Verse 5). “Thou preparest a table before me in the presence of my enemies: thou anointest my hair with oil; my cup runneth over.” Here, David acknowledges God’s great goodness to him; “Thou has provided for me all things pertaining both to life and godliness, all things requisite both for body and soul, for time and eternity.”
He further declared the following:
1). That he had food, a table spread, a cup filled, meat and drink for his thirst.
2). That he had them carefully and readily provided for him. His table was well prepared even before him.
3). That he was not stinted, neither straitened, but had abundance; “My cup runs over, enough for his myself and friends too”.
4). That he had more than necessary. He was favoured and blessed with plenty. He looks at himself as “the poor man’s ewe-lamb” that did eat the man’s meat and drank of his cup while nobly and tenderly lying in his bosom. So are the children of God looked after? Plentiful provision God has made for their bodies, souls, life that now is and for that which is to come. It is our own fault if this plentiful providence God has made available to us in our natural life is not made to us also in spiritual blessings.
Verse 6). “Surely goodness and mercy shall follow me all the days of my life: and I shall dwell in the house of the Lord forever”.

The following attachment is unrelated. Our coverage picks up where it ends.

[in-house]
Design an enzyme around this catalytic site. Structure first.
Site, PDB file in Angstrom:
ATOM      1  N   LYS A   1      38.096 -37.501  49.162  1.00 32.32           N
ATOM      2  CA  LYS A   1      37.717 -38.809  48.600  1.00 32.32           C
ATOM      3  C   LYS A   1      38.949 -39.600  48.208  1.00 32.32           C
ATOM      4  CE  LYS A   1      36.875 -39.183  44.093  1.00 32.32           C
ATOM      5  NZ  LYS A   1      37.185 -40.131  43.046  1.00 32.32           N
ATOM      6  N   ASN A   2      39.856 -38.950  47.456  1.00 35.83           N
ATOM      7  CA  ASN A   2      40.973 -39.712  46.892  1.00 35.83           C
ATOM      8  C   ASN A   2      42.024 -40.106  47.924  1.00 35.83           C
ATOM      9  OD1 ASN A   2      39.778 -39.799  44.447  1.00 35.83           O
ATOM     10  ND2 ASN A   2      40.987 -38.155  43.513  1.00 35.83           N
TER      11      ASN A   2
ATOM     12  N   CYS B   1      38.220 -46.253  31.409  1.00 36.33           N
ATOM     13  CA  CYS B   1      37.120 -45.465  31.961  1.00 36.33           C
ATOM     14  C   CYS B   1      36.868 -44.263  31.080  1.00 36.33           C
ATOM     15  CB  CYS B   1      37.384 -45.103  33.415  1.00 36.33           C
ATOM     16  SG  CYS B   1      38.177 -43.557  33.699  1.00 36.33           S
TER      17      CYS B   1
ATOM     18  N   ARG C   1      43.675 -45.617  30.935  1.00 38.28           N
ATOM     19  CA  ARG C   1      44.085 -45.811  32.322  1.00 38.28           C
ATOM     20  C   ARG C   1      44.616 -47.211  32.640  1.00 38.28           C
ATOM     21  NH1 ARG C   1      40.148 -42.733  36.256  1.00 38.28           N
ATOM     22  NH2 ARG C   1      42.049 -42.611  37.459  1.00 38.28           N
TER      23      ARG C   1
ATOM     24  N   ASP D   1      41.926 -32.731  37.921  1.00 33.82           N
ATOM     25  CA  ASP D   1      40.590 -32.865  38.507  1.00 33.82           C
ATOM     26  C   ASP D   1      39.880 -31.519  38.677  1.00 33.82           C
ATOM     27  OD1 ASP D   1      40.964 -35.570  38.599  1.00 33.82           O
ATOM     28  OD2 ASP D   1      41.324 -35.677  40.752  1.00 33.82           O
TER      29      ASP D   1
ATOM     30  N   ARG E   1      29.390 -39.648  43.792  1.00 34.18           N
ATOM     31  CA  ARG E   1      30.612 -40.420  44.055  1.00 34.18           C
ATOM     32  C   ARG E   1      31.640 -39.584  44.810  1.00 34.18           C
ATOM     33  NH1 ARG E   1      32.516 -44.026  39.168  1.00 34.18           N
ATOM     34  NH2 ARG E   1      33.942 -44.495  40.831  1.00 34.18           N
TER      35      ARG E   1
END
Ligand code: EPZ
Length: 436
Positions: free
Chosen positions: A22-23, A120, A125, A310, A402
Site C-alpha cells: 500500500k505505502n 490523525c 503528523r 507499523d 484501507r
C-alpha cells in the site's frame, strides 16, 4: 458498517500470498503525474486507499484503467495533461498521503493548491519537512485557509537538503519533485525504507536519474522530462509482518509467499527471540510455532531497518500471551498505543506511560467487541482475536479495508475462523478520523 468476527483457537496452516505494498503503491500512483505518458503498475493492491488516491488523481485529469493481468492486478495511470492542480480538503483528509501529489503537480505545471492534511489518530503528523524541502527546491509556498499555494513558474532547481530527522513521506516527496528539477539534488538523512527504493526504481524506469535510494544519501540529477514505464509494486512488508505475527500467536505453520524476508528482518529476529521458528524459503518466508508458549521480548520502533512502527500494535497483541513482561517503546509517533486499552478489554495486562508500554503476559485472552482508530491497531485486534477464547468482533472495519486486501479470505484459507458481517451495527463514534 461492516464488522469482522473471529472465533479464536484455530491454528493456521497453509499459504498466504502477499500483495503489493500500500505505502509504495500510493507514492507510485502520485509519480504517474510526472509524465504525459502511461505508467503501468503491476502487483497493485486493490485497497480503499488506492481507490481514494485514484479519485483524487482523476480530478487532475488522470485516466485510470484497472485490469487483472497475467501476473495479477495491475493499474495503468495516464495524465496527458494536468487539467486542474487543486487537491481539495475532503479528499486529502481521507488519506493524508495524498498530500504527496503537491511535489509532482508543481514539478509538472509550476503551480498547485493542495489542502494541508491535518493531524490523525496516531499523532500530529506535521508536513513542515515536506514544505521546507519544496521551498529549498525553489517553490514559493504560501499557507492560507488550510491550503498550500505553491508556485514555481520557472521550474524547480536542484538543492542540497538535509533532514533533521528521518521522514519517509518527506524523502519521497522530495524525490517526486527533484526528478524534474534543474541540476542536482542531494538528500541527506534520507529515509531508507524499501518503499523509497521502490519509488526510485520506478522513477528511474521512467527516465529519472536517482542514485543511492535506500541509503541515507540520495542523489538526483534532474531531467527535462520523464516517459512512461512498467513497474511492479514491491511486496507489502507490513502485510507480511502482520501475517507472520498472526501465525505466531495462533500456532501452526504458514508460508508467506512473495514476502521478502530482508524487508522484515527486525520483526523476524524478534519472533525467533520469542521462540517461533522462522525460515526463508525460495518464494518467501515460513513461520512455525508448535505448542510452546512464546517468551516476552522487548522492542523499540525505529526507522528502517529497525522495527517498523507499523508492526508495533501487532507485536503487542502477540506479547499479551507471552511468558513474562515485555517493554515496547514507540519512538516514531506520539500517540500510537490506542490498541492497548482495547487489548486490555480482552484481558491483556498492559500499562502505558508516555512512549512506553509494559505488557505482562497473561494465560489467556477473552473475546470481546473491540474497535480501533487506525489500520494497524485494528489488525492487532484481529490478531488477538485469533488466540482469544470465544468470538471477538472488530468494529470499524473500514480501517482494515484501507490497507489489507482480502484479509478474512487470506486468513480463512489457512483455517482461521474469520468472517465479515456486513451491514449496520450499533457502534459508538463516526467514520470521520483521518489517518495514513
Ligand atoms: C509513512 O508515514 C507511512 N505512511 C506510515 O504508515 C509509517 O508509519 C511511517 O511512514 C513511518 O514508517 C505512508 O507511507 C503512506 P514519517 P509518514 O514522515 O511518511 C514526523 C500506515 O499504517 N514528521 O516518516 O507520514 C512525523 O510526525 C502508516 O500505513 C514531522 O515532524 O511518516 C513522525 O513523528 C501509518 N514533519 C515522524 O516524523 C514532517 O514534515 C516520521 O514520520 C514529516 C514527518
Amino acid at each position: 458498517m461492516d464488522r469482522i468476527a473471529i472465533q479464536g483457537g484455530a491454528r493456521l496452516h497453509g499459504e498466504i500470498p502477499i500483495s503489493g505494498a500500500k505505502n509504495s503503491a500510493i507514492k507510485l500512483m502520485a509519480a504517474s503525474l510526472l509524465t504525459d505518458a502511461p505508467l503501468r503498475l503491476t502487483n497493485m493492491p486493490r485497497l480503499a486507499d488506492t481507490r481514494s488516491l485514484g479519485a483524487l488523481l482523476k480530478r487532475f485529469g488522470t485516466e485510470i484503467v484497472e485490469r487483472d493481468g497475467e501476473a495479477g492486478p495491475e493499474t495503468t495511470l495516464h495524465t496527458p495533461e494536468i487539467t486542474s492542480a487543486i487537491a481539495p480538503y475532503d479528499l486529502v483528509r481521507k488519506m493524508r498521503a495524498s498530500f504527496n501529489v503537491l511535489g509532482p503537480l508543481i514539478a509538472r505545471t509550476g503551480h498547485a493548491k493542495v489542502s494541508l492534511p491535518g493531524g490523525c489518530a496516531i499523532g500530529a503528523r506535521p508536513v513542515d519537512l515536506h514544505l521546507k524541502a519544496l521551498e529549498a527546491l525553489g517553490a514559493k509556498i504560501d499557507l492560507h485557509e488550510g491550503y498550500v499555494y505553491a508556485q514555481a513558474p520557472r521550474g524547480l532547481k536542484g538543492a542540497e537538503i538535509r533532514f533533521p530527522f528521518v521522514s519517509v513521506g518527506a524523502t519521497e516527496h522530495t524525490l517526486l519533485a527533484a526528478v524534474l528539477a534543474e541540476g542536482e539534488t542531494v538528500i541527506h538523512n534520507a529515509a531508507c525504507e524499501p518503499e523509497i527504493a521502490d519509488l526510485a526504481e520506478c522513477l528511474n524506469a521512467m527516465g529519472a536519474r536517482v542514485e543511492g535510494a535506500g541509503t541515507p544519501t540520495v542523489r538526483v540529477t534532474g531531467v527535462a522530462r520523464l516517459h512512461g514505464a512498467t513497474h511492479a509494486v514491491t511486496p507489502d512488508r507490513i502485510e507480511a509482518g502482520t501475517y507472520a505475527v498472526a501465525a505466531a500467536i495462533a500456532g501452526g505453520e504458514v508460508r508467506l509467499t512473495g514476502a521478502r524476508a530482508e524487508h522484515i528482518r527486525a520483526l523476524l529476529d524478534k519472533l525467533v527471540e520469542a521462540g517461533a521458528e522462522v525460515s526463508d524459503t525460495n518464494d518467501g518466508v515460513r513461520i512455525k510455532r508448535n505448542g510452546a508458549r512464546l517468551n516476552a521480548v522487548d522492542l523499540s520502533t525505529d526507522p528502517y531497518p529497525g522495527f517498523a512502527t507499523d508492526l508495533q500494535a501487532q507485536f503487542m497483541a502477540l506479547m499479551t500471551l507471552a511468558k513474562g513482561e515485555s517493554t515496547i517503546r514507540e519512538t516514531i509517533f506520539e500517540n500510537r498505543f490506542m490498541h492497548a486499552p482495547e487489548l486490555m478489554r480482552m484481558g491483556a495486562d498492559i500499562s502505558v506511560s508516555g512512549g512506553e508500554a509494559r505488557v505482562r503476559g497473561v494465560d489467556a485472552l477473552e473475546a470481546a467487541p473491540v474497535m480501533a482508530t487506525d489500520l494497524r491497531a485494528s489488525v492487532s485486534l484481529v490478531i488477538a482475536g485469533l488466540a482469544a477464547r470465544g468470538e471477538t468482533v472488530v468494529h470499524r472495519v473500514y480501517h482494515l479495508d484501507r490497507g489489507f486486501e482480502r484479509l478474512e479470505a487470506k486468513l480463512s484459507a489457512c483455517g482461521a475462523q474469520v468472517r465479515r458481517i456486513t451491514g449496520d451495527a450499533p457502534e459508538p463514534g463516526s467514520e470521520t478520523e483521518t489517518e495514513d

Comprehensively, David’s hope rises and his faith is strengthened. He confidently counts on the continuance of God’s favours.
1). By faith he claims for himself goodness, pardoning mercy, protecting mercy, sustaining mercy, supplying mercy, all the streams of mercy flowing from the fountain of God.
2). God’s manner of conveyance of this goodness and mercy is made clear; as the water out of the rock followed the camp of Israel through the wilderness, David declares by faith it shall follow him always, into all places and in all conditions.
3). He affirmed its continuation even to the last; for whom God loves He loves to the end.
4). “All the days of my life”, as duly as the day comes; it shall be new every morning like the manna that was given to the Israelites daily.
5). By faith, he declared its certainty. Surely it shall. It is as sure as a promise of the God of truth in whom we believe.
6). “Goodness and mercy having followed me all the days of my life on this earth, I shall remove to a better world, to dwell in the house of the Lord forever, in our Father’s house above, where there are many mansions. With what I have I am pleased much, with what I hope for I am pleased more”.
With all this, and heaven too, David resolutely determines to cleave to God and his duty. He made a covenant with God: “ I will dwell in the house of the Lord forever (as long as I live), and I’ll praise Him while I have my being.”
Conclusively, believers must dwell in God’s house as servants, that desire their ears bored to the door-post, to serve Him forever. If God’s goodness to us be like the morning light which shines more and more to the perfect day, let not ours to Him be like the morning cloud and the early dew that passeth away. Those that would be satisfied with the fatness of God’s house must keep close to the duties of it. Amen!